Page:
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The Pajama Game

Music & Lyrics: Richard Adler & Jerry Ross

Book: George Abbott & Richard Bissell

A strike is imminent in a pajama factory in Cedar Rapids, Iowa: The Union is seeking a wage raise of seven and a half cents an hour. Hines, the factory manager, keeps the girls on their toes by timing their production with a stopwatch and the girls respond by working at white heat in a race with the clock ("Hurry Up, Hurry Up, Hurry Up"). When Babe Williams, head of the Union grievance committee, comes to the plant's new superintendent, Sid Sorokin, to state the Union's case she finds herself attracted to him, even though she realizes he is the enemy camp. Sid also finds Babe highly appealing. When he tries to make a date with her, she rejects him, reminding him that he is the superintendent of the plant and she of the Grievance Comittee. When she leaves the office Sid flips on his dictaphone and confides to it his feelings about Babe ("Hey, There").

At a picnic for the factory workers Sid encounters Babe and complains that he, too, has a grievance: He has been trying to be a good fellow to a girl who is indifferent. Babe lightly explains that, perhaps, the girl is hard-boiled, that perhaps if he came to know her he would not care for her at all. But Sid remains unconvinced by her suppositions. The first opportunity he finds, he seizes Babe and kisses her ardently. Babe, caught unawares, offers little resistance. All around them, the picnic goes into high gear, with everyone in high spirits ("Once a Year Day").

A few days later, Sid visits Babe at her home. When he once again tries to kiss her she pushes him away. The more he tries to make some advances, the more she insists upon indulging in small talk to deflect him. Finally, she explains that what is really separating them is "seven and a half cents". She insists she intends to fight as hard as she can for the Union, regardless of how she feels about Sid personally. In the hallway of the Union headquarters word is being circulated that the boss, Hasler, is asking to see the Union officials; the feeling grows that the Union is about to score a victory. As far as Sid and Babe are concerned, their main interest is now each other -- as they take pains to explain when the Union members leave them to themselves ("There Once Was a Man"). Back in the shop, the Union members are glum: Hasler has given them a runaround. In defiance, the Union leaders order the workers to return to their jobs, but to "slow down" on their operations. Sid belligerently demands from the help an "honest day's work" and threatens to fire anybody who is a slacker. This so outrages Babe that she kicks her foot into the machinery and causes a general breakdown. Without a second thought, Sid fires her; Babe storms angrily from the factory.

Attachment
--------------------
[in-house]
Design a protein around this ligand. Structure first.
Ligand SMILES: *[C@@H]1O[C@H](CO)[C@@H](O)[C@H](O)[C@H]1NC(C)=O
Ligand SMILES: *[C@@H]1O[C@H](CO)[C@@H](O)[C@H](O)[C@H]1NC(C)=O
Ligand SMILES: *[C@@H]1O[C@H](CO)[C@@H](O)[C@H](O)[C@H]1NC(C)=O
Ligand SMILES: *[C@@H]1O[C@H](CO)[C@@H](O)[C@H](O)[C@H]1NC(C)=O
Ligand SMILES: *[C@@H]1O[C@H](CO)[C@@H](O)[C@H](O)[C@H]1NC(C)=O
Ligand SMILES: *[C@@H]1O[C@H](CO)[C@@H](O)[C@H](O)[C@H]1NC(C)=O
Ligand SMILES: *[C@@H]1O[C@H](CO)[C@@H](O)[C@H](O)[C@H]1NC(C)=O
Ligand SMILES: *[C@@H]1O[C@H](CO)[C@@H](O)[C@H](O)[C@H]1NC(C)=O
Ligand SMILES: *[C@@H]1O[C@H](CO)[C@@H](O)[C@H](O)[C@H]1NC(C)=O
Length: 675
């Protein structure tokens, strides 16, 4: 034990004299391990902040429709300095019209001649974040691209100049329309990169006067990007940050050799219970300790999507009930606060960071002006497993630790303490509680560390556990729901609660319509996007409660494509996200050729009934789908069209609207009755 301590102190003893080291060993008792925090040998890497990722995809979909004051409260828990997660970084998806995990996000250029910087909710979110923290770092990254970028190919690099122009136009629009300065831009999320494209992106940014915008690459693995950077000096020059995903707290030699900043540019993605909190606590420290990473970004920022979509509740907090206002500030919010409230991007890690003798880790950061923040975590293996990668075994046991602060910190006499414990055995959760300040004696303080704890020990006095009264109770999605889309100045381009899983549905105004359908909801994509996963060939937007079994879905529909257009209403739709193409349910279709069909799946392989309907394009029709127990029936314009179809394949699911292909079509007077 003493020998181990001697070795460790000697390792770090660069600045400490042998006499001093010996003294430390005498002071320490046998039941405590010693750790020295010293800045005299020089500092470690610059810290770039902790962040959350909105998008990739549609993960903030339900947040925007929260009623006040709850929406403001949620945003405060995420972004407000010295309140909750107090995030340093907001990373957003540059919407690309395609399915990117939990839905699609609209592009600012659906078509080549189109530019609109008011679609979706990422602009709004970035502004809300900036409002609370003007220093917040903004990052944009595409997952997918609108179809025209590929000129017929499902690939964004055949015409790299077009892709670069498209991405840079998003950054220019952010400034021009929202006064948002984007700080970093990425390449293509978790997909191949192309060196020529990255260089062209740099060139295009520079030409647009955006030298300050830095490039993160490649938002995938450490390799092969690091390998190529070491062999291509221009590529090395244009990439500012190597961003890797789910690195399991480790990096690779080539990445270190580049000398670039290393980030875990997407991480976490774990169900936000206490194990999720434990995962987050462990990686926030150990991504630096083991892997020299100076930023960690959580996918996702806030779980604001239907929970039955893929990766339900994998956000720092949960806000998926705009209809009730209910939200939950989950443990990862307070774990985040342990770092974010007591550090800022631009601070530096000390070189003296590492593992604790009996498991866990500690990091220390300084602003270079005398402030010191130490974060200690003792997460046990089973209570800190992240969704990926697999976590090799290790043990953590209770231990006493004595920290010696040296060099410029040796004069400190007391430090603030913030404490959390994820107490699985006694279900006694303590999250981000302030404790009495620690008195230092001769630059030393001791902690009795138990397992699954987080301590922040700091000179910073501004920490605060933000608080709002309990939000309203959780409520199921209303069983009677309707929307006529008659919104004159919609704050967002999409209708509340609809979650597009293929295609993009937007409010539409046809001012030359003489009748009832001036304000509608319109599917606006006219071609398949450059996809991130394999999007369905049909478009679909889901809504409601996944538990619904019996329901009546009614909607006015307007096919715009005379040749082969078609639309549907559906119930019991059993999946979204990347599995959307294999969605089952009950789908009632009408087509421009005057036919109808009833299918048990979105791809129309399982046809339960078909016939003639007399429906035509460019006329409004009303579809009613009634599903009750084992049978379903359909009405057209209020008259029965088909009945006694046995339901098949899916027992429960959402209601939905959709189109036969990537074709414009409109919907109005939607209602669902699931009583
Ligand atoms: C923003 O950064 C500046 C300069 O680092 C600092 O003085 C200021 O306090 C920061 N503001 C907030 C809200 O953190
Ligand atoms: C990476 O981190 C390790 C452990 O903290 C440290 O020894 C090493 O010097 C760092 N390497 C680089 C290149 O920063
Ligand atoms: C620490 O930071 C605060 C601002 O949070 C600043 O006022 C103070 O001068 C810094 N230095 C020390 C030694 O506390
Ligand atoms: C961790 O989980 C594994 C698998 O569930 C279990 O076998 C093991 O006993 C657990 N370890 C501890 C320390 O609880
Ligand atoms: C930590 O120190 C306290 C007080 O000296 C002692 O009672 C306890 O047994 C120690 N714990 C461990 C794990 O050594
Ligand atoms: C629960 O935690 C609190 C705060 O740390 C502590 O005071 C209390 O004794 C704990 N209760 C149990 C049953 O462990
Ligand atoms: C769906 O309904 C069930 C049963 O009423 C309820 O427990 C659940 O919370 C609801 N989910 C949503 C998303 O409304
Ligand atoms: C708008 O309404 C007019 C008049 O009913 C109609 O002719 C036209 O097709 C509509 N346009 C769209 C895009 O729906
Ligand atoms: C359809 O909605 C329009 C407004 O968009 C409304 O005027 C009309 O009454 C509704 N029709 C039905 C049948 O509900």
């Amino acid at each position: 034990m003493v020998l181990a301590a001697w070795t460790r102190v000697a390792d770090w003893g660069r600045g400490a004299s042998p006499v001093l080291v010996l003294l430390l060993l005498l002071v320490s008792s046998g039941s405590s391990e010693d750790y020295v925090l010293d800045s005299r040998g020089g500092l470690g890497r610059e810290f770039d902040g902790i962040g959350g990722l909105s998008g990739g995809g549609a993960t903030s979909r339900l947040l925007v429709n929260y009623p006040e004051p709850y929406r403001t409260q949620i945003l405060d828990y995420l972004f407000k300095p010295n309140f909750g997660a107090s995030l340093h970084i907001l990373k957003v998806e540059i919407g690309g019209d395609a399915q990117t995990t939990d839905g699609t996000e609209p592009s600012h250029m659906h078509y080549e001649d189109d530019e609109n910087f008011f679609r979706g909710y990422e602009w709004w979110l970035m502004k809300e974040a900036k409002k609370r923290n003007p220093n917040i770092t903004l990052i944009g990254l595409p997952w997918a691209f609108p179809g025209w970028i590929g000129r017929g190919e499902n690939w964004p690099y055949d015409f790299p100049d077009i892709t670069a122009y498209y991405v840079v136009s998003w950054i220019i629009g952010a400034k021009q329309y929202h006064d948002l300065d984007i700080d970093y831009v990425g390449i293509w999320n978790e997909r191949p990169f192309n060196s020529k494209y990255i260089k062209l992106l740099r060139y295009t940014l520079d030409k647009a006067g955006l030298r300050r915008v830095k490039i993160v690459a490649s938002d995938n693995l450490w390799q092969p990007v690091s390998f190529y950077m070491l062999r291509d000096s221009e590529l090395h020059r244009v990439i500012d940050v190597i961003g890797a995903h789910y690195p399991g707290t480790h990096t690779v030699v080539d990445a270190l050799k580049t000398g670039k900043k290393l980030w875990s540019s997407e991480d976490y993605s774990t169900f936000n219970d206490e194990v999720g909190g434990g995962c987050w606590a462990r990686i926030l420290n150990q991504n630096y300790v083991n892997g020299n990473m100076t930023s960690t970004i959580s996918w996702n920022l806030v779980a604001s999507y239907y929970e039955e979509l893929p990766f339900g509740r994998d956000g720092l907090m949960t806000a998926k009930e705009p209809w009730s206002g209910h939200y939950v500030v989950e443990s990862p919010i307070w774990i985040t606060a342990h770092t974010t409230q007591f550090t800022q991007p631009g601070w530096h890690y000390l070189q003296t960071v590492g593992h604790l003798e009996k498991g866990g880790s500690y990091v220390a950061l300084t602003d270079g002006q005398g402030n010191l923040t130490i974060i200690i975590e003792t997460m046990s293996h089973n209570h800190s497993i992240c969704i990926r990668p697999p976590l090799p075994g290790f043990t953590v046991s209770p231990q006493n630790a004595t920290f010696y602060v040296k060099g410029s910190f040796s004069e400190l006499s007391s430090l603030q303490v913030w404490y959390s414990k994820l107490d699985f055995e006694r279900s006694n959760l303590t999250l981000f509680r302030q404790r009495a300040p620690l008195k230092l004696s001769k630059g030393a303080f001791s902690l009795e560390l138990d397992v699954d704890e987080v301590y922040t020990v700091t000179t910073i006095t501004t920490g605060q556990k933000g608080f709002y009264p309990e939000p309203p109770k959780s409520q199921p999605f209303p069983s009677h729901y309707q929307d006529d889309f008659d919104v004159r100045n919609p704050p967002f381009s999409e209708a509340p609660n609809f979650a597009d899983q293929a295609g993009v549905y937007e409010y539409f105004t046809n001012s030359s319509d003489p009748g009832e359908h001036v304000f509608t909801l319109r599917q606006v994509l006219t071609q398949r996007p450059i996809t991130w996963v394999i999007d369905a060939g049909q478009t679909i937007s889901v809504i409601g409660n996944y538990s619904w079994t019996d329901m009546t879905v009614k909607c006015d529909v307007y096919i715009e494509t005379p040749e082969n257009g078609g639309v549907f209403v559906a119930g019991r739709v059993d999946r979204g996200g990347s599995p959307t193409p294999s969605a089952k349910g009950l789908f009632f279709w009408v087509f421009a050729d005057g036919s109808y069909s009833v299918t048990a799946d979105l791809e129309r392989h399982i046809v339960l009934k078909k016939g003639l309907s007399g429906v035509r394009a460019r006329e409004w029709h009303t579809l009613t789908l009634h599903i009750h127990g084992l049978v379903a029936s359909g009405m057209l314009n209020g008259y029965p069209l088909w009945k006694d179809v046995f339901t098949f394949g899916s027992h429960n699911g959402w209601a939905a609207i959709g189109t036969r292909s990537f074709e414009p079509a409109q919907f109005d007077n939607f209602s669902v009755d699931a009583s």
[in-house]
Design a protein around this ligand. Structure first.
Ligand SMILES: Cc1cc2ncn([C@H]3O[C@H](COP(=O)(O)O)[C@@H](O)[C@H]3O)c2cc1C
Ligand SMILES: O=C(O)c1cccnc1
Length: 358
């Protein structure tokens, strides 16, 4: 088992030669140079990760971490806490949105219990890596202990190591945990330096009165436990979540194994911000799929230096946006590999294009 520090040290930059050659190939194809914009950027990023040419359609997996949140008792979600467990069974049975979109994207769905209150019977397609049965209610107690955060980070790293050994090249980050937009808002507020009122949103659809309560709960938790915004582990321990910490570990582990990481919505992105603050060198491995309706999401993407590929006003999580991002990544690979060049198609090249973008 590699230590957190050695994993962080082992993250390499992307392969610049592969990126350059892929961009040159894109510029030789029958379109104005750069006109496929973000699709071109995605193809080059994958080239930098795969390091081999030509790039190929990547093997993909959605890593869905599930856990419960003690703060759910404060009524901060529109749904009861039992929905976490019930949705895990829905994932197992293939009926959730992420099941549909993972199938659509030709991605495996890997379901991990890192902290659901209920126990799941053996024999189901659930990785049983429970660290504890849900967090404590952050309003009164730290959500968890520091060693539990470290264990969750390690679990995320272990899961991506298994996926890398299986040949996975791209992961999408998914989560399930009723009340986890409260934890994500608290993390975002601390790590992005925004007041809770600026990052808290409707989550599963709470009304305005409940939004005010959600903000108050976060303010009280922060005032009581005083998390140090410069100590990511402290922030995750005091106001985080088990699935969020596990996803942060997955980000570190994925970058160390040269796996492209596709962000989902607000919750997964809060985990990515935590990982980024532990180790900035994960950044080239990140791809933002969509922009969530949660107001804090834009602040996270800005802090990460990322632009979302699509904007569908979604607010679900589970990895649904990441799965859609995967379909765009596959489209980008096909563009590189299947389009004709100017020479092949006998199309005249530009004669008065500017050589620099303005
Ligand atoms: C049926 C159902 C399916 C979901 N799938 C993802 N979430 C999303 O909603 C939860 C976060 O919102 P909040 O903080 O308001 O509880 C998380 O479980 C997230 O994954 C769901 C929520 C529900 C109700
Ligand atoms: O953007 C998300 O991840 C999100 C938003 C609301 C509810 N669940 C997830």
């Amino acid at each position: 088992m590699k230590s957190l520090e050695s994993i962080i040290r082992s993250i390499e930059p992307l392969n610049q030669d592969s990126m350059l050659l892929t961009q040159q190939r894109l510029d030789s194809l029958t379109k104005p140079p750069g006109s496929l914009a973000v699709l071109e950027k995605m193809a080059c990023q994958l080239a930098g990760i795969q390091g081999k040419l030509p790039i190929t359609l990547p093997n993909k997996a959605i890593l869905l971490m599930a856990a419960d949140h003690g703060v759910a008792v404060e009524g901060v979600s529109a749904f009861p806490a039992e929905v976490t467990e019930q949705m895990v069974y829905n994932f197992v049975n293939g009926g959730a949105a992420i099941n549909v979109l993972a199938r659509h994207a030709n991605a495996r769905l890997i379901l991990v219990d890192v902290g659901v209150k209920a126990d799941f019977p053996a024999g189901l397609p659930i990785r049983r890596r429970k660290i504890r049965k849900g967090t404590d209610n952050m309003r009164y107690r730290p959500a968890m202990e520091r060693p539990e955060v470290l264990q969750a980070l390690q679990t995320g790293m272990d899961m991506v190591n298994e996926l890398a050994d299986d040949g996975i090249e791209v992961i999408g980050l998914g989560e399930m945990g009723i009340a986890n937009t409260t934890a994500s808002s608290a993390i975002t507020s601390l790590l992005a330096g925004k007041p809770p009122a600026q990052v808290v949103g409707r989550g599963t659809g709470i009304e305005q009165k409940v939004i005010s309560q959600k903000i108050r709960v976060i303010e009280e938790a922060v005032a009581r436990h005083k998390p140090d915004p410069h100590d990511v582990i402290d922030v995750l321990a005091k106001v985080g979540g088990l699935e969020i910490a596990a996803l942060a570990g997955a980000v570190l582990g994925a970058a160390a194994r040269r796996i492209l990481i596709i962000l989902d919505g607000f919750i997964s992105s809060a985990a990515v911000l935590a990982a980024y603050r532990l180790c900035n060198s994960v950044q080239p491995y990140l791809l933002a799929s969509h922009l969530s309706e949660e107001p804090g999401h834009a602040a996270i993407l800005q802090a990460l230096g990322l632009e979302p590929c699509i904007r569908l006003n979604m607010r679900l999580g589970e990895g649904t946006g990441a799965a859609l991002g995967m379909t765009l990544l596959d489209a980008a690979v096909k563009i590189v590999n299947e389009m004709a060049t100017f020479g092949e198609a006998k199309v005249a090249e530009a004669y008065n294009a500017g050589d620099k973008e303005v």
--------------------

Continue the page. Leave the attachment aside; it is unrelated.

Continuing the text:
The second act opens in Eagle Hall, where the Union is conducting a meeting. But first there is a bit of entertainment for the members, including an engaging little routine entitled "Steam Heat" performed by Gladys and two other union members, all dressed in tight-fitting men's black suits and derby hats.

Meanwhile, Sid tries in vain to contact Babe in order to square himself with her. He finally corners her at her home, where he begs her to understand and sympathize with his position. But Babe turns a deaf ear, rushes away from him and bursts into tears in the privacy of her bedroom. This turn in his personal affairs makes Sid determined to find some way to effect peace between management and labour. He suspects that the key to this problem is the one that opens the actual lock with which the company ledgers are kept securely sealed. In an effort to get that key from Gladys, the book-keeper, he invites her to a hot spot, Hernando's Hideaway ("Hernando's Hideaway"). She accepts eagerly, enjoys several drinks with him and then, being inebriated, all too willingly turns over the key to Sid. As he had suspected, the ledgers reveal that Hasler had long been adding the seven and a half cents raise demanded by the workers to the factory cost of his product. Thus caught red-handed, Hasler is compelled to yield to the Union's demands.

At the Union headquarters the members are figuring out that though seven and a half cents an hour raise is not much, over a period of years it can amount to a great deal ("Seven and a Half Cents"). Just then Sid arrives with the joyous news that the Union has won out. A celebration erupts in which even Hasler joins. Sid and Babe are particularly jubilant, for the obstacle to their romance has been removed. They, too, celebrate -- at Hernando's Hideaway.

The Pajama Game was mainly the work of fresh, untried talent. The composer/lyricists -- Richard Adler and Jerry Ross, whose collaboration involved both the music and the lyrics -- here wrote their first complete musical comedy score. Also new to the Broadway stage were the producers, the choreographer and Carol Haney, one of the stars. But these young people had the courage of their inexperience -- for they were tackling a subject long regarded as taboo for the popular musical stage: labour problems involving factory workers, with a strike as a pivot of the plot; a musical comedy without fancy costumes and with comparatively little sex appeal. Yet, with the cards apparently stacked against it, The Pajama Game went on to become one of the greatest successes in the history of the Broadway theatre: it was the eighth musical to achieve a run in excess of a thousand performances. After that it was made into a highly successful motion picture starring Doris Day, but otherwise utilizing most of the members of the original stage cast.

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This document was originally published in The Complete Book of Light Opera. Mark Lubbock. New York: Appleton-Century-Crofts, 1962. pp. 914-6.

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